Capoeira: An Afro-Brazilian Martial Arts Dance and 'Cultural Manifestation' Breaks Race and Gender Barriers

Capoeiristas blend ritual, aerial and floor acrobatics with fluid dance flexibility into their martial arts movements. Capoeira (/ˌkæpɵˈɛrə/) is something more than just a sport. It is a ‘cultural manifestation’ born in Brazil and developed by the African Slaves brought over during the European colonization. It is the most acrobatic sport.

What’s the best thing about Capoeria? “It breaks all barriers of race, gender and makes people from all types of class get together making it one of the most mixed cultural sport,” says Professor Barraozinho (Marcus Lelo Aurelio). He has been training Capoeira for over 20 years and has a professor belt. "Generally to become a mestre, it could take anywhere from 25-35 years."    

Mestre Barrao started Axe Capoeira and is now one of the most respected mestres of Capoeira today. Grupo Axe Capoeira started in 1982 in Recife, Brazil. With 26 countries under his leadership, he has one of the largest organizations in the world. He brought Capoeira to Canada in 1990 and since then has been a reference to all other Capoeiristas from Canada and around the world.

At a time when slavery was predominant, Capoeira was criminalized and prohibited in Brazil. During the mid 1800s it was common to have detainees in jail for practicing Capoeira. For those who were caught, severe punishment entailed. Yet, commonly practiced by the poorer population on holidays or work-free hours, Capoeiristas swept the nation with their pulsing rhythm and movement. For great literature on Capoeira you can check this site out

Now, Capoeira has become a spectacle growing in North America where those who partake in its vigorous art form can attribute much of their strength and agility to participating in rodas (Hoh-Das: a circle made where participants take turns sparring in pairs) and intense focused training sessions during the week. Musical instruments such as the Berimbaus are played while the group sings in Portuguese to set the beat and encourage timely movements.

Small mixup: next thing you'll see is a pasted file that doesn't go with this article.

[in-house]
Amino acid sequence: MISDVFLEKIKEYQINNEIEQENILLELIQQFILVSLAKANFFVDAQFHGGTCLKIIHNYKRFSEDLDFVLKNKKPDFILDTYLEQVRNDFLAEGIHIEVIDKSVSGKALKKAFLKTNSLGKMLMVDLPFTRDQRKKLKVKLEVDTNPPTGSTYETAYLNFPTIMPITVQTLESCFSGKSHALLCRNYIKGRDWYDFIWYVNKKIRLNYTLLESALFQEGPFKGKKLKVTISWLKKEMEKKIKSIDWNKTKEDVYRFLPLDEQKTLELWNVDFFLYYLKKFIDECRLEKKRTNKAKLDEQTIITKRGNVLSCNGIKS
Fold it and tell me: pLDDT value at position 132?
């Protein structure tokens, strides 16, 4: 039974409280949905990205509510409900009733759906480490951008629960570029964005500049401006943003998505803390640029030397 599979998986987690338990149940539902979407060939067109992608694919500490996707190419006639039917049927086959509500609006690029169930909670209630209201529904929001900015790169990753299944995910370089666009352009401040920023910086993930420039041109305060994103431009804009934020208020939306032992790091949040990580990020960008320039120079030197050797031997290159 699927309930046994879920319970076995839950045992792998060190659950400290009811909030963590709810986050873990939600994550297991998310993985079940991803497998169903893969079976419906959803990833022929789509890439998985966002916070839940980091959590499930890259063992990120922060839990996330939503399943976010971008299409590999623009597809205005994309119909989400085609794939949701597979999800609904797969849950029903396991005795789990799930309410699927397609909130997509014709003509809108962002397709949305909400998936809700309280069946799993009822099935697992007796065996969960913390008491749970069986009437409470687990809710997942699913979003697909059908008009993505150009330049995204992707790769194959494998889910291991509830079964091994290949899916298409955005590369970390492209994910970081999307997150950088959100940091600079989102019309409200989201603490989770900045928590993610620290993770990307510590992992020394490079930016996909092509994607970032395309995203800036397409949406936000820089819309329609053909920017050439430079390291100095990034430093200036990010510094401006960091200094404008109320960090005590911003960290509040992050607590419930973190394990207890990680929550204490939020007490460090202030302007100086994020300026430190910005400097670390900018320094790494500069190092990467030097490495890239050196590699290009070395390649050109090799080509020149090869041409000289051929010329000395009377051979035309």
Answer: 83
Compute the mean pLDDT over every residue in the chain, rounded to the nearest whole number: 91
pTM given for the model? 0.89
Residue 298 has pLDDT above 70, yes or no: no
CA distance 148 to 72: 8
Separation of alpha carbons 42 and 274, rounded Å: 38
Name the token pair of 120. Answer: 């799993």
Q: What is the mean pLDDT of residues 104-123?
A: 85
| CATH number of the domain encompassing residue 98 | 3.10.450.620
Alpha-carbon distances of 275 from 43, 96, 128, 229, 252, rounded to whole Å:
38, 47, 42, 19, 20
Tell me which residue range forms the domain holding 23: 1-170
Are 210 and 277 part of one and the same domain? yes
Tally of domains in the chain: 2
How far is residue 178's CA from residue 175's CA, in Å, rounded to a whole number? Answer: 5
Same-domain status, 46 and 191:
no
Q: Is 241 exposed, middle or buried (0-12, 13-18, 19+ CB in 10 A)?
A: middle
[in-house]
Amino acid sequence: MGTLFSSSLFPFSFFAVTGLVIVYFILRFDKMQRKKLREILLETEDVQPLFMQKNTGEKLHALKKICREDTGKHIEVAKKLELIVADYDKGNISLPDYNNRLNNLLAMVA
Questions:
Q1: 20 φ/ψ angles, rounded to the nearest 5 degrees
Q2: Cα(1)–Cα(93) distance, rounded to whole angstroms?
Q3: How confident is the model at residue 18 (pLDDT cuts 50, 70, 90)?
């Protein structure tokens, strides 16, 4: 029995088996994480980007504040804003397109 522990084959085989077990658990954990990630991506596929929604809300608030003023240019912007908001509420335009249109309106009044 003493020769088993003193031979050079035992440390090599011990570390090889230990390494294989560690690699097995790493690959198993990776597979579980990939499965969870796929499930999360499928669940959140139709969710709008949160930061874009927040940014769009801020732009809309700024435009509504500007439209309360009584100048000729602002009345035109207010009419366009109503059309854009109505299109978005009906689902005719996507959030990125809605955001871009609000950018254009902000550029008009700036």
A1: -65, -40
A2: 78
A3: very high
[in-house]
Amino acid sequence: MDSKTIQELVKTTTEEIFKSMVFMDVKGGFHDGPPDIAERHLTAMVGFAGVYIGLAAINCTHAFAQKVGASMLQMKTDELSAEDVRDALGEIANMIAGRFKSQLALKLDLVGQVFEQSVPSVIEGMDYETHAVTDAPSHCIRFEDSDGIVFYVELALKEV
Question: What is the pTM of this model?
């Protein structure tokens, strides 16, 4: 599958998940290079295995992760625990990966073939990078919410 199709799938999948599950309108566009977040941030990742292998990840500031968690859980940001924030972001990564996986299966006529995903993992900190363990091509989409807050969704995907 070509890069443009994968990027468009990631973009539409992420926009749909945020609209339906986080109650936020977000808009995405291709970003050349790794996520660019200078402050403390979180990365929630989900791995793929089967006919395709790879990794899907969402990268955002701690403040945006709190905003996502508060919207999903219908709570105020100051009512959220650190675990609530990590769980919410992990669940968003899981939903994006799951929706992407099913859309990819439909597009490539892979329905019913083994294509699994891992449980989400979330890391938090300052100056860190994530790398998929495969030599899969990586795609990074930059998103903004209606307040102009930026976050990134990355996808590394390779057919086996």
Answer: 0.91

With emphasis on creating a sense of community and confidence building, Professor Barraozinho says that “a Capoeirista can advance to the next belt with a ‘batizado’ ceremony, which is a Capoeira baptism where the student will play with a mestre or a teacher. After the game they receive their first belt. Students who already have a belt and receive a new one get a ‘troca de corda,’ which means the exchange of belts. The process takes longer usually if you are getting a higher belt because you need to grow in all aspects of Capoeira.”

Capoeiristas range in ages from what I see, 5 years old and up at Axe on 45 West Hastings. Speaking to a few, you can see that this sport has become more to them than just a sport. It is their family, it is their gathering and social event on a Sunday Roda.

Michael Miseljic, aged 9, says that he has been playing for the past year and a half and was brought in because his friend was a Capoeirista. He also plays basketball, soccer and hockey. “It has built up my leg muscles and flexibility.”

Omar Garcia is one from the higher belts. He too agrees that training in Capoeira helps you in other areas of sports. He plays football, basketball, soccer and triathlon and “it [Capoeira] benefits your legs. Capoeira is a mixed aspect and I like its style.”

Camela’s (brown-green graduado belt) interest in Capoeira lies in the live music and the history behind it. “The human capacity of doing all the movements with the body with flips and acrobatic movements made me intrigued with what our body can give.” 

Whether it’s the cool nicknames given to you in Capoeira, or the sheer interest in being a part of a cultural sport, Capoeira’s entrance in the millennium’s health and fitness craze is here to stay. Capoeirista and trainer/student, “Madrugada” can attest to that.  

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